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We're working with a fixed transaction log size on our databases, and I'd like to put together an application to monitor the log sizes so we can see when things are getting too tight and we need to grow the fixed trn log.

Is there any TSQL command that I can run which will tell me the current size of the transaction log, and the fixed limit of the transaction log?

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5 Answers 5

up vote 12 down vote accepted

I used your code but, there was an error converting to an int. "Msg 8115, Level 16, State 2, Line 1 Arithmetic overflow error converting expression to data type int." So Whereever there was an "*8" I changed it to *8.0 and the code works perfectly.

SELECT (size * 8.0)/1024.0 AS size_in_mb
     , CASE
  WHEN max_size                                 = -1 
  THEN 9999999                  -- Unlimited growth, so handle this how you want
  ELSE (max_size * 8.0)/1024.0                  END AS max_size_in_mb
  FROM YOURDBNAMEHERE.sys.database_files
 WHERE data_space_id                            = 0           
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Using sys.database_files only gives you the size of the log file and not the size of the log within it. This is not much use if your file is a fixed size anyway. DBCC SQLPERF ( LOGSPACE ) is a bit old school, but works well if you need to support older versions of SQL Server.

Instead you can use the dm_os_performance_counters table like this:

SELECT RTRIM(instance_name) + ' (used in kb)', cntr_value
FROM sys.dm_os_performance_counters 
WHERE counter_name = 'Log File(s) Used Size (KB)'
AND instance_name != '_Total'
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+1 nice solution –  Alexander Fedorenko Mar 22 '13 at 9:04

If you really need to stick to a fixed size transaction log, I'd suggest to set it to a reasonable size, allowing some margin, and then do one of the following two:

  • Set database recovery mode to SIMPLE, if you don't need point in time recovery. In simple words, it will allow transaction log to "self-recycle" the space.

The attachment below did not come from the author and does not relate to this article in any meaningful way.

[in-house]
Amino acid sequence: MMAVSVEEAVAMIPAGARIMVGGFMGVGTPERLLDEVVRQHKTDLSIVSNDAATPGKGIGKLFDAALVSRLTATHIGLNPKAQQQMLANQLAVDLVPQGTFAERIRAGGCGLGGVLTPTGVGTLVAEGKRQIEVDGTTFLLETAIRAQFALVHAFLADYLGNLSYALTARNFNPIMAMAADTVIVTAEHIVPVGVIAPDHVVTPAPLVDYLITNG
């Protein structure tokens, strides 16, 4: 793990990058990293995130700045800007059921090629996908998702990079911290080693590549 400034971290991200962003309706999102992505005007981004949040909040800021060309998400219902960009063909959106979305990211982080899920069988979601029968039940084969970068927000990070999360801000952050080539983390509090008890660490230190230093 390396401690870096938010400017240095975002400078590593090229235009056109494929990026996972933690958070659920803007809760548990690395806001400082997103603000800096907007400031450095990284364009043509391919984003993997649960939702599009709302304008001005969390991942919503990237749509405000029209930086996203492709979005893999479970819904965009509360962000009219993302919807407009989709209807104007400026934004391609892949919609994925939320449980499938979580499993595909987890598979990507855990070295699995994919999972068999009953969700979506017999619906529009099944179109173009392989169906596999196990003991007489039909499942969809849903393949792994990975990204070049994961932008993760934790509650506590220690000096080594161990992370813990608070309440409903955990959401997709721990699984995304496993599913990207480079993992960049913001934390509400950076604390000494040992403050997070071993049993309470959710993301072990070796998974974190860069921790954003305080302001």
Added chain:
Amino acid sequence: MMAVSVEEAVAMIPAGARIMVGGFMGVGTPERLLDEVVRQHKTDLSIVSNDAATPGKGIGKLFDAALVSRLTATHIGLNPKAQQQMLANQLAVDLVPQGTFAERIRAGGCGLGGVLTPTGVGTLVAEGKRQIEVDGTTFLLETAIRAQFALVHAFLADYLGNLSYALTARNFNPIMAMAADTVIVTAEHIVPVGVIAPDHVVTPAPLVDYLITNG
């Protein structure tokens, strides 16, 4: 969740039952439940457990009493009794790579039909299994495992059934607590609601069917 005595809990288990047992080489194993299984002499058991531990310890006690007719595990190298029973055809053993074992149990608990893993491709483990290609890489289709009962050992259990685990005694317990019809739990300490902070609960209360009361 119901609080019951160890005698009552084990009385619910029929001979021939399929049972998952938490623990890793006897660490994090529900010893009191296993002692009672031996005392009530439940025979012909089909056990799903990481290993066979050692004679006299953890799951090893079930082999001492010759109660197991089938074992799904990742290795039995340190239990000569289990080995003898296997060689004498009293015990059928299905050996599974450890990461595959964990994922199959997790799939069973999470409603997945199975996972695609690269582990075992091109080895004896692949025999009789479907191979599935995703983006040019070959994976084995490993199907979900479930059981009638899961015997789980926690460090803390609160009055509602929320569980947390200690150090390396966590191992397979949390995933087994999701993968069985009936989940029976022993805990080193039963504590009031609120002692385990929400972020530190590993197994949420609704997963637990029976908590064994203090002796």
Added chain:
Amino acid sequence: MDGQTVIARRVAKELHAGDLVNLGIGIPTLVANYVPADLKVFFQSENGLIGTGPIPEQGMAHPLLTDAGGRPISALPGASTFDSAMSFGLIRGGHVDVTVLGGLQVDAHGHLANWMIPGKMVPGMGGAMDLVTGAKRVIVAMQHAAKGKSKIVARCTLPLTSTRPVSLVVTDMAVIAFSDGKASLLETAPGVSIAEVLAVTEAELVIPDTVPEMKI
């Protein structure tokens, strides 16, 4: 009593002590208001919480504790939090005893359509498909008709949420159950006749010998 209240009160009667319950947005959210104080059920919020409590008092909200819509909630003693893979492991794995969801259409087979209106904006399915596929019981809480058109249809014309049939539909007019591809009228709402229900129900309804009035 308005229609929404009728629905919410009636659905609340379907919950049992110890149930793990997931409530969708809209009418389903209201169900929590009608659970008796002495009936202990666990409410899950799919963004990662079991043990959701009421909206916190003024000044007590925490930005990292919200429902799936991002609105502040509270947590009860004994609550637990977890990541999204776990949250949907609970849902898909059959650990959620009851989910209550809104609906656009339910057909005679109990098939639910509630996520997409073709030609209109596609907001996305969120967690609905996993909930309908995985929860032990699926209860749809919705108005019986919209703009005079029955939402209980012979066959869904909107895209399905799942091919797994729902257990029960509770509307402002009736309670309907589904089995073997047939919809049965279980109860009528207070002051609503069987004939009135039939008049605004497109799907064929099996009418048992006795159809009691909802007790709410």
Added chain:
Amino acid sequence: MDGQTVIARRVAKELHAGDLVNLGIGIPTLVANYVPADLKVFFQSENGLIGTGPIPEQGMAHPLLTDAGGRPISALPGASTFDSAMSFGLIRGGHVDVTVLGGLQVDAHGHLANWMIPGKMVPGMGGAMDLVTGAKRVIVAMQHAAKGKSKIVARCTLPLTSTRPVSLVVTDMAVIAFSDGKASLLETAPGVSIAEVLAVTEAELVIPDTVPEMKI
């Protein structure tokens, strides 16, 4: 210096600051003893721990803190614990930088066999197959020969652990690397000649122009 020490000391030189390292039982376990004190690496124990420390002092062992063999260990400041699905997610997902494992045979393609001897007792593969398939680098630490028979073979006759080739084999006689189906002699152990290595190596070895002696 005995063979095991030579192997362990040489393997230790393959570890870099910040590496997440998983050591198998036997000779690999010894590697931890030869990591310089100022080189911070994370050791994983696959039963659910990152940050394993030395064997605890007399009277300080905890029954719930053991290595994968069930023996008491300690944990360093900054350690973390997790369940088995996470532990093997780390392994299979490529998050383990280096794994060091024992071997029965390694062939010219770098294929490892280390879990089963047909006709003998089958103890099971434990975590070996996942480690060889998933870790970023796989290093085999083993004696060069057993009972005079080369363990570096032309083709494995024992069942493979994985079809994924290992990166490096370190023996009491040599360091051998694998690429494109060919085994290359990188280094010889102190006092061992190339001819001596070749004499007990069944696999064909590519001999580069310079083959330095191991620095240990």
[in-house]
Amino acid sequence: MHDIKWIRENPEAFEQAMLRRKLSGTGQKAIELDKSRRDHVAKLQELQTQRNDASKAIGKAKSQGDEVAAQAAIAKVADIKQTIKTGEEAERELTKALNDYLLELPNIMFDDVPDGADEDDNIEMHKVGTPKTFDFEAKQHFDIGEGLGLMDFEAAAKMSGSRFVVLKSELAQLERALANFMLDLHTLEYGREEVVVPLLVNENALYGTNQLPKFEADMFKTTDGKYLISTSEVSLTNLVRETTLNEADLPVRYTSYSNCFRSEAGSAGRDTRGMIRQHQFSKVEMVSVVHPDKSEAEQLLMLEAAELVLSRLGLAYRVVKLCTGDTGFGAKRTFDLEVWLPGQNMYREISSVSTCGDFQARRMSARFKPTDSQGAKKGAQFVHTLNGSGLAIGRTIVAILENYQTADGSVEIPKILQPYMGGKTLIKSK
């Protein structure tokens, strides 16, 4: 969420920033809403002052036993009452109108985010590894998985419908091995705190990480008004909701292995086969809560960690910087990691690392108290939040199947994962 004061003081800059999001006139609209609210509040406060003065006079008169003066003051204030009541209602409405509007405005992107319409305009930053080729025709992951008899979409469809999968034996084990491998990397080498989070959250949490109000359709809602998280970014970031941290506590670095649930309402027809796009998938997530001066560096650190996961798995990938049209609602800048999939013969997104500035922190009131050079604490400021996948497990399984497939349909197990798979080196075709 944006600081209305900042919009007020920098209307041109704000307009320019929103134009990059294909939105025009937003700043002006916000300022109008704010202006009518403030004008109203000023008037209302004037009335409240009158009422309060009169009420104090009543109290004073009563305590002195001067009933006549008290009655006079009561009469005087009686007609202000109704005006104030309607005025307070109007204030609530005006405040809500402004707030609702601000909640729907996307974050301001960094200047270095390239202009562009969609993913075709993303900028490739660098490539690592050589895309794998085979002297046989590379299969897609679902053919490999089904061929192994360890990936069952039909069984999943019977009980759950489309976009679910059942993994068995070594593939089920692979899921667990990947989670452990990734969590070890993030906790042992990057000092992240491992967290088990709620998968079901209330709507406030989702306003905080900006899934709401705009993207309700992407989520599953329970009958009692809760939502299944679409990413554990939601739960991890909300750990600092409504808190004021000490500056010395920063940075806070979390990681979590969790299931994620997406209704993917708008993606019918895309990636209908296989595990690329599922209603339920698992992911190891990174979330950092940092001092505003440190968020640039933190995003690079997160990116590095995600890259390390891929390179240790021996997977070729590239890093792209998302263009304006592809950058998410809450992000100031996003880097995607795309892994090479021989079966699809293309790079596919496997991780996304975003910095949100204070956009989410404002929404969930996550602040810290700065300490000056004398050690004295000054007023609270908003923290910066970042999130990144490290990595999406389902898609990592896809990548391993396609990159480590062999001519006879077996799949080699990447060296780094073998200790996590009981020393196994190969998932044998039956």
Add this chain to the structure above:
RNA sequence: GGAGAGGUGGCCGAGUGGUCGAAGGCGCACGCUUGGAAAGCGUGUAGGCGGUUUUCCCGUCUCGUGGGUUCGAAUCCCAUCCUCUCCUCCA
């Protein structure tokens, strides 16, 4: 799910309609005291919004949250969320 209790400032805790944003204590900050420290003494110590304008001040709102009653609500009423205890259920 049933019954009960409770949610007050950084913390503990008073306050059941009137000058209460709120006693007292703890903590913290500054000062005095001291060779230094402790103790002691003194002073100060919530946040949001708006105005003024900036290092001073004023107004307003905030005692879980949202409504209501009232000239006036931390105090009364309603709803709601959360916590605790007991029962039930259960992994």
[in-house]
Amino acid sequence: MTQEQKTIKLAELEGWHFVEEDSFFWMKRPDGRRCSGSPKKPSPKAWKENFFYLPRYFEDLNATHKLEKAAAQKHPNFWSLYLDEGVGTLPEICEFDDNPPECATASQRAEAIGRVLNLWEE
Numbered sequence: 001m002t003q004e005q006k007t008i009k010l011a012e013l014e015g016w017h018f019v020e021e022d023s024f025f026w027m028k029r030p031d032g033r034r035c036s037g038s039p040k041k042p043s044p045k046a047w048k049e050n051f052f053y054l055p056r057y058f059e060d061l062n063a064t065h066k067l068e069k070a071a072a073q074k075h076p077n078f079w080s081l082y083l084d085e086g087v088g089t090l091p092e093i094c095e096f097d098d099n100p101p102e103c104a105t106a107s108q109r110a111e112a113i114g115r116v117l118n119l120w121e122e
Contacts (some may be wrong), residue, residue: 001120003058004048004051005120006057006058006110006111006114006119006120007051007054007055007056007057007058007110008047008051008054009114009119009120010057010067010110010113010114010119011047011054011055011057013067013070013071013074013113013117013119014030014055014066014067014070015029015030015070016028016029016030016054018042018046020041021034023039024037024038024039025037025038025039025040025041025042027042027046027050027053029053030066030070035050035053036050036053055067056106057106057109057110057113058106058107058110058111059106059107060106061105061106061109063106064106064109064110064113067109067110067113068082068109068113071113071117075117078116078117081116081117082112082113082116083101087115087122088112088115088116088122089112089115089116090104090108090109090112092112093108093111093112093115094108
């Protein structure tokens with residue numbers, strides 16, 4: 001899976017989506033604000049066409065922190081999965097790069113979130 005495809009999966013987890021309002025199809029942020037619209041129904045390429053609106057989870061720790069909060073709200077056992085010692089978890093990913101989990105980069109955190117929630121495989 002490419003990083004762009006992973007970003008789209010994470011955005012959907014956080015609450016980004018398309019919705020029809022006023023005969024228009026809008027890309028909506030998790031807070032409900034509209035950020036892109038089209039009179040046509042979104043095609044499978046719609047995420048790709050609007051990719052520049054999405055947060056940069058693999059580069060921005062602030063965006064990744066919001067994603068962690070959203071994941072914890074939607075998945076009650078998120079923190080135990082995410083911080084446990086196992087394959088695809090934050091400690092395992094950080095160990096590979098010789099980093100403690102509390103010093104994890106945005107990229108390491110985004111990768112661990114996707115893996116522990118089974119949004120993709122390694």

OR

  • If you must keep recovery mode to FULL, schedule a job which performs a backup of transaction log. This will free space in the transaction log, and also allow you to do point in time recovery, if needed.

Also, maybe you can find the following article useful: How to stop the transaction log of a SQL Server database from growing unexpectedly.

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This is off the top of my head, so you might want to double-check the math...

SELECT
     (size * 8)/1024.0 AS size_in_mb,
     CASE
        WHEN max_size = -1 THEN 9999999   -- Unlimited growth, so handle this how you want
        ELSE (max_size * 8)/1024.0
     END AS max_size_in_mb
FROM
     MyDB.sys.database_files
WHERE
     data_space_id = 0   -- Log file

There is more that you can get from that system view, such as the growth increment, whether or not the log is set to autogrow, and whether it is set to grow by a specific amount or by a percentage.

HTH!

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A quick google search revealed this:

DBCC SQLPERF ( LOGSPACE )

Why aren't you using autogrowth on the transaction log? It seems like this would be a more reliable solution.

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1  
Not my choice. The DBA says that statically sized transaction logs are more efficient. –  Adam N Oct 13 '08 at 17:38
1  
I'm more of a SQL developer than strictly a DBA, but the performance should only be affected if the log file is not correctly sized and has to grow itself too often. The actual act of growing eats up some performance, but the autogrow should mostly be for unforeseen emergencies anyway. –  Tom H. Oct 13 '08 at 17:57
    
DBCC SQLPERF needs extra permissions on the server, which is why I went with the sys.database files answer. DBCC SQLPerf does have the advantage of giving you all of the databases at the same time... –  Adam N Oct 13 '08 at 20:42

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